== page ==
Microsoft co-founder and philanthropist Bill Gates fears President Trump’s “global gag rule,” a policy that blocks funds to organizations that offer abortion advice and care in foreign countries, may endanger millions of woman and children. Gates, alongside his wife and co-chair Melinda, voiced criticism of the rule in an interview published today in The Guardian.
The two philanthropists oversee the Bill & Melinda Gates Foundation, the world’s largest and most charitable private foundation. The duo fear their work will be undercut by the gag rule, while its poor implementation could result in a significant loss of life. “We’re concerned that this shift could impact millions of women and girls around the world,” Melinda Gates says. “It’s likely to have a negative effect on a broad range of health programs that provide lifesaving treatment and prevention options to those most in need.”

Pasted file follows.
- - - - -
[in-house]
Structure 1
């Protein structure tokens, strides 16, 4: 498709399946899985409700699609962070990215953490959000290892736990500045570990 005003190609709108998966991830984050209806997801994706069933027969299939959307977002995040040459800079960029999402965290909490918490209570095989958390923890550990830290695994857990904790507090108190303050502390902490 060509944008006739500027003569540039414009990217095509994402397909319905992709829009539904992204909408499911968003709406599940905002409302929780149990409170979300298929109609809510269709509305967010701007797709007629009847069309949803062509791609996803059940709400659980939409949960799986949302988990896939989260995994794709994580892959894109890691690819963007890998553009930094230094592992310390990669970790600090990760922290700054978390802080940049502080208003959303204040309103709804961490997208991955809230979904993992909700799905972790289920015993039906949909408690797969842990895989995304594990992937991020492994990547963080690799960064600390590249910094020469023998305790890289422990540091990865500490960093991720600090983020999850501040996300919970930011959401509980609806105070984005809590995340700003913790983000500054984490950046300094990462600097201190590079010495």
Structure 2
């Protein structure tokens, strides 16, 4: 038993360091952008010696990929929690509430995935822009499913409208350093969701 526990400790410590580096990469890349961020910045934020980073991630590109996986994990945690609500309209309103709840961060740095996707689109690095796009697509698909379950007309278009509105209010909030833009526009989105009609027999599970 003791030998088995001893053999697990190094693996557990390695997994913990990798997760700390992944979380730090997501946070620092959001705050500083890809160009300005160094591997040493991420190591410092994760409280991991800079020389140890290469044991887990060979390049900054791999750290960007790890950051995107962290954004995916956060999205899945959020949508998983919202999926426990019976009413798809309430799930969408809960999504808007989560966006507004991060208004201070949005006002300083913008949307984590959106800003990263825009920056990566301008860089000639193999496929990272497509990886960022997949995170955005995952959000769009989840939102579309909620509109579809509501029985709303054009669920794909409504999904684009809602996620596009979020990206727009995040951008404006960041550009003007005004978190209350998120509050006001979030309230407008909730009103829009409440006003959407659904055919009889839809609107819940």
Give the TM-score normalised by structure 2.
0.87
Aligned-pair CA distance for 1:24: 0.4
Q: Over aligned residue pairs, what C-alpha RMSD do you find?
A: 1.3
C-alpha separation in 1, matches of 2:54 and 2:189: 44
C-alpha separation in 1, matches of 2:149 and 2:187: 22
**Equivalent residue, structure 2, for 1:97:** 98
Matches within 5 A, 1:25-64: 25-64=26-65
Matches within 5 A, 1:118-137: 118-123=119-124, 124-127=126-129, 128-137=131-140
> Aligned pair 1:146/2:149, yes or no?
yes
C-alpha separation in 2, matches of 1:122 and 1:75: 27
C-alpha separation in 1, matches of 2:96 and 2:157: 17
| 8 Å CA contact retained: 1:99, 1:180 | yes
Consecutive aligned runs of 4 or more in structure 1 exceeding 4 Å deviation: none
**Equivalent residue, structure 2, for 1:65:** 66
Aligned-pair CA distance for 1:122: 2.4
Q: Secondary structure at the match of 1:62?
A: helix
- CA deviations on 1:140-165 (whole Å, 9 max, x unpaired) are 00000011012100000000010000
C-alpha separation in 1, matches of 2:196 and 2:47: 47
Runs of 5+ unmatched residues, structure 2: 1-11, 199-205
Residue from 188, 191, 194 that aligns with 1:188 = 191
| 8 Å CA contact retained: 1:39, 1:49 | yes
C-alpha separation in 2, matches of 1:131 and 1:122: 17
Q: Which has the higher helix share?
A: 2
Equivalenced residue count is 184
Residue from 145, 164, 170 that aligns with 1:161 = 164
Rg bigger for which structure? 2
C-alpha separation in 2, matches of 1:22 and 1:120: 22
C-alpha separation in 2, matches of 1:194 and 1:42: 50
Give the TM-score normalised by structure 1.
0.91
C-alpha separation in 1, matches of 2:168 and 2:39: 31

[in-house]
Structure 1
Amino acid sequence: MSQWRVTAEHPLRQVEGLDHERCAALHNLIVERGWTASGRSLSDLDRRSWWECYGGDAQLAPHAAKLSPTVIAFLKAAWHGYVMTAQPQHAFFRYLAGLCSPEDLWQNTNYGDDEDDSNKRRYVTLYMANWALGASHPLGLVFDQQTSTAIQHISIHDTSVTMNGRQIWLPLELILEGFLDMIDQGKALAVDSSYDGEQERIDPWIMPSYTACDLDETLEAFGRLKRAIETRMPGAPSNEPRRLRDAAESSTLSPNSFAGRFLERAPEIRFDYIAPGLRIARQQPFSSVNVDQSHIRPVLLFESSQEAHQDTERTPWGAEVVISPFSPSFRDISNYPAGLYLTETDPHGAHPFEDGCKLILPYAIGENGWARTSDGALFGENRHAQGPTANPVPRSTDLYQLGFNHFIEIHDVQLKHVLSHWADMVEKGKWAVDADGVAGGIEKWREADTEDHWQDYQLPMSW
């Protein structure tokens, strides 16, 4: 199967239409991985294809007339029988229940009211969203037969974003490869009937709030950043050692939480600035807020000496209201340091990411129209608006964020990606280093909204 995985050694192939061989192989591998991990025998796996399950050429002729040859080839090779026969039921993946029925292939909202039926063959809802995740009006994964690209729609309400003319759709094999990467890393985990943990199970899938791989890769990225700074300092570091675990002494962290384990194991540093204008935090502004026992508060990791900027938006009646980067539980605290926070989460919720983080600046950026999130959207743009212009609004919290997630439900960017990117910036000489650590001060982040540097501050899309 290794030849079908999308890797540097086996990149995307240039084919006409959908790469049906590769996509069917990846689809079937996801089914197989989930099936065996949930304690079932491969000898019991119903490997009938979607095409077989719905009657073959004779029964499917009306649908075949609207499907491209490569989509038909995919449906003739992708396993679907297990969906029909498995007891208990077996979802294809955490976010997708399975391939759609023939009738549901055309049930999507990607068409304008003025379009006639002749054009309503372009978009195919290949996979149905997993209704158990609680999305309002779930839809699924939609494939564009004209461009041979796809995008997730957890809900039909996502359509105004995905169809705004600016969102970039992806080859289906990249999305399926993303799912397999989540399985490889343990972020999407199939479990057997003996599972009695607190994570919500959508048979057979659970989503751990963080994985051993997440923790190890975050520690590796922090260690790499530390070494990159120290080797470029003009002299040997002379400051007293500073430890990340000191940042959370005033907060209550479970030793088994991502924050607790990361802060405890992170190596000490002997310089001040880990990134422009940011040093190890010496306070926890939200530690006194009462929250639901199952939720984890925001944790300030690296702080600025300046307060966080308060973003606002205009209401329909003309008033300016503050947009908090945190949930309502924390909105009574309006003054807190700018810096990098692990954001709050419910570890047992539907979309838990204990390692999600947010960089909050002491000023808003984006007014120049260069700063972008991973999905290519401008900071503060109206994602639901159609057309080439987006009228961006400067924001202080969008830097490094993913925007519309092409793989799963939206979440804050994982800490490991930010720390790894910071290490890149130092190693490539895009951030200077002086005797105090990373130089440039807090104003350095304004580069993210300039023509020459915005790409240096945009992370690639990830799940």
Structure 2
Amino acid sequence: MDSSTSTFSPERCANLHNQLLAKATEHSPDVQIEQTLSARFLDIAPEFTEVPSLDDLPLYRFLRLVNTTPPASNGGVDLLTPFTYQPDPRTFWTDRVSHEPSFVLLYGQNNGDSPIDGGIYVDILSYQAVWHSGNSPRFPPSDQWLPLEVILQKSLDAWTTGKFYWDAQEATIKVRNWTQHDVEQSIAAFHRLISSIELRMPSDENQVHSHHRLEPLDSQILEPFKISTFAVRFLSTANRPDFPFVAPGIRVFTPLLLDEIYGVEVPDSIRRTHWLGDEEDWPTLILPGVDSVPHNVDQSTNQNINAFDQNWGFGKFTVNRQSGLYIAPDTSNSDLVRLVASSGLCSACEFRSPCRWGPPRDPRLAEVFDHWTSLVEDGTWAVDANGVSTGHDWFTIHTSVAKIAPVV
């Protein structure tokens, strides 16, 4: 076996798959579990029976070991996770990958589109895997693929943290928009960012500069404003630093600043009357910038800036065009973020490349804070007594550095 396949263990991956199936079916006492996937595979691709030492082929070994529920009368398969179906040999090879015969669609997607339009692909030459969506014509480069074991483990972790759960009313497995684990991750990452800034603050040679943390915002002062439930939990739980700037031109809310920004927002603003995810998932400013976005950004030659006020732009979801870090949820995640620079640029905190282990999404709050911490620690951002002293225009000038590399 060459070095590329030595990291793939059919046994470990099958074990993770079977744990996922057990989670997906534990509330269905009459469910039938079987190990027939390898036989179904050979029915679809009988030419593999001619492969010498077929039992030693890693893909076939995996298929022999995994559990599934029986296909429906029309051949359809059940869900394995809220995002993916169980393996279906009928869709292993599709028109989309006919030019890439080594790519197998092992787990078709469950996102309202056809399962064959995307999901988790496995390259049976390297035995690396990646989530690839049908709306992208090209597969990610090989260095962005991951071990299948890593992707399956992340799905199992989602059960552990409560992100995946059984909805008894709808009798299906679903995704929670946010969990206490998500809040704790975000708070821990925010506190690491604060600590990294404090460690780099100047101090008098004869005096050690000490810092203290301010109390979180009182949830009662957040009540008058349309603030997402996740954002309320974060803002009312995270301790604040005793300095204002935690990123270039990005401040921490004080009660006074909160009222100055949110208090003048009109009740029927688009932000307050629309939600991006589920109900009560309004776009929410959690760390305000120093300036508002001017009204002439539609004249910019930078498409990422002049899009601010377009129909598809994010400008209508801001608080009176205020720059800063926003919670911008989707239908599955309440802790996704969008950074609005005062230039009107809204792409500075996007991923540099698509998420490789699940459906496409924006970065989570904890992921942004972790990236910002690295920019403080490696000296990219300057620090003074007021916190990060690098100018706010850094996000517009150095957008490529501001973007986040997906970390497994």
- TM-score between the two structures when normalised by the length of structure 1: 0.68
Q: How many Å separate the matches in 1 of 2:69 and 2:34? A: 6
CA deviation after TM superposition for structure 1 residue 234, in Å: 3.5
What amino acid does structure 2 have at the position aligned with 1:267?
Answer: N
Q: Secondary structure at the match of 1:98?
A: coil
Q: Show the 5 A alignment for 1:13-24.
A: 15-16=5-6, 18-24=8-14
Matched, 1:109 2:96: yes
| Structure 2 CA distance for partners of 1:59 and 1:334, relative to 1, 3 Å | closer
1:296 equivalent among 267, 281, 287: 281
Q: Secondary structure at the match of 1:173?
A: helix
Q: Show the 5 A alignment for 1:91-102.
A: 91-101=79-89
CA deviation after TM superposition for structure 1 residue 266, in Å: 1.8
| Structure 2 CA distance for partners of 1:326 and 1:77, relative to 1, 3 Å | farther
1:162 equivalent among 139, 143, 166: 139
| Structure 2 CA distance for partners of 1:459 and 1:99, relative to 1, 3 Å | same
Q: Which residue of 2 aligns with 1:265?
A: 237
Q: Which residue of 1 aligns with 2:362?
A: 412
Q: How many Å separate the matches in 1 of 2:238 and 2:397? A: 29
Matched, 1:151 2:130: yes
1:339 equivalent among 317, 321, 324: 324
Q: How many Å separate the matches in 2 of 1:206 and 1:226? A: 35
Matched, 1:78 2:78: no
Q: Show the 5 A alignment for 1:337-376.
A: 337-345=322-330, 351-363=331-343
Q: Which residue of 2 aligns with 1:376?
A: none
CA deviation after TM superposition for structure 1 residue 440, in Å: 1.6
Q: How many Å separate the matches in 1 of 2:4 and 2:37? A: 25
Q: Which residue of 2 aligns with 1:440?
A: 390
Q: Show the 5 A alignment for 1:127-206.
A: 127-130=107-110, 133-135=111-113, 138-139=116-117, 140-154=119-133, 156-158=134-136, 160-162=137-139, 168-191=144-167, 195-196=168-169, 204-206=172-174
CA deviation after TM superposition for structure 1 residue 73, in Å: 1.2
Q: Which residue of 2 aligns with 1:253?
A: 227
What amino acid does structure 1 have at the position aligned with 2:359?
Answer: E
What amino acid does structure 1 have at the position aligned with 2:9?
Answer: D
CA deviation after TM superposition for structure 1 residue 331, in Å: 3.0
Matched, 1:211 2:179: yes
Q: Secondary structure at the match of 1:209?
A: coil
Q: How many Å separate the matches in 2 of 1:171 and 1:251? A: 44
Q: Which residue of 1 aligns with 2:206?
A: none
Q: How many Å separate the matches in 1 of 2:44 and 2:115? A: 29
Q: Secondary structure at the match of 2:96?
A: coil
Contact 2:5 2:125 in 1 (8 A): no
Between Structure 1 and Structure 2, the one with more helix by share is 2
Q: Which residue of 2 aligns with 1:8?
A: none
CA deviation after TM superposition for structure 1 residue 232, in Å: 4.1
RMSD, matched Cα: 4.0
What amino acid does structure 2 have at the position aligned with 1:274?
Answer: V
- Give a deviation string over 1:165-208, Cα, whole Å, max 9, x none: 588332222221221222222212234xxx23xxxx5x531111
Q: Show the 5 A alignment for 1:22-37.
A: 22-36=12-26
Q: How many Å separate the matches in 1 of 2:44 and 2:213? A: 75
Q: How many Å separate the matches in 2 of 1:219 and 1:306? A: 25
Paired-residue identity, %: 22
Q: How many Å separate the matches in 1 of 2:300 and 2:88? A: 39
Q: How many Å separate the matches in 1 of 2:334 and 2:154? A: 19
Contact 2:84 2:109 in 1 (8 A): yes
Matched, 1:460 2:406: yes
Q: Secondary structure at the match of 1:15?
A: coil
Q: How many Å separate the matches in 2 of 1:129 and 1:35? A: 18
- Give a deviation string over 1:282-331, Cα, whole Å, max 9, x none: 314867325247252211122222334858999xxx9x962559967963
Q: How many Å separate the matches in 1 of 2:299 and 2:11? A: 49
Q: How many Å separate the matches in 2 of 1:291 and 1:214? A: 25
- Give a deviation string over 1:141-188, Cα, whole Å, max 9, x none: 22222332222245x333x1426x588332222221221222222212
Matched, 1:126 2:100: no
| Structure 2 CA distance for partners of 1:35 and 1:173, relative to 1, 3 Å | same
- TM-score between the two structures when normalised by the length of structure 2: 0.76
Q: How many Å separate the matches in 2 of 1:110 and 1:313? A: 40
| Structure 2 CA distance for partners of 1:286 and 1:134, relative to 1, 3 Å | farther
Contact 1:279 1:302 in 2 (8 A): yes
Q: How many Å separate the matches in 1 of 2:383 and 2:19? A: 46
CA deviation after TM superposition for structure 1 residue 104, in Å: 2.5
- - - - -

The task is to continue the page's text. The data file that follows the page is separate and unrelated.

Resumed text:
The gag rule, first put in place by Ronald Reagan and reinstated last month through an executive order shortly after Trump took office, is designed to put pressure on foreign nonprofits to shy away from any and all abortion-related activities. This includes not just providing abortions, but also providing any information about abortions whatsoever. Trump’s order was also overly broad, encompassing any overseas organization that receives US aid and not simply those in the family planning sector.
“This includes programs that prevent and treat HIV, TB and malaria, and provide healthcare to women and children around the world,” Melinda Gates says. “Enabling women to time and space their pregnancies and providing access to treatment and prevention of infectious diseases is lifesaving work. It saves moms’ lives and it saves babies’ lives, and that has long had wide support in the United States.”
Bill Gates is concerned that he and Melinda’s foundation, though flush with tens of billions of dollars, is still not capable of making up for the loss of funds. “The US is the No. 1 donor in the work that we do,” Bill Gates says. “Government aid can’t be replaced by philanthropy. When government leaves an area like that, it can’t be offset, there isn’t a real alternative. This expansion of this policy, depending on how it’s implemented, could create a void that even a foundation like ours can’t fill.”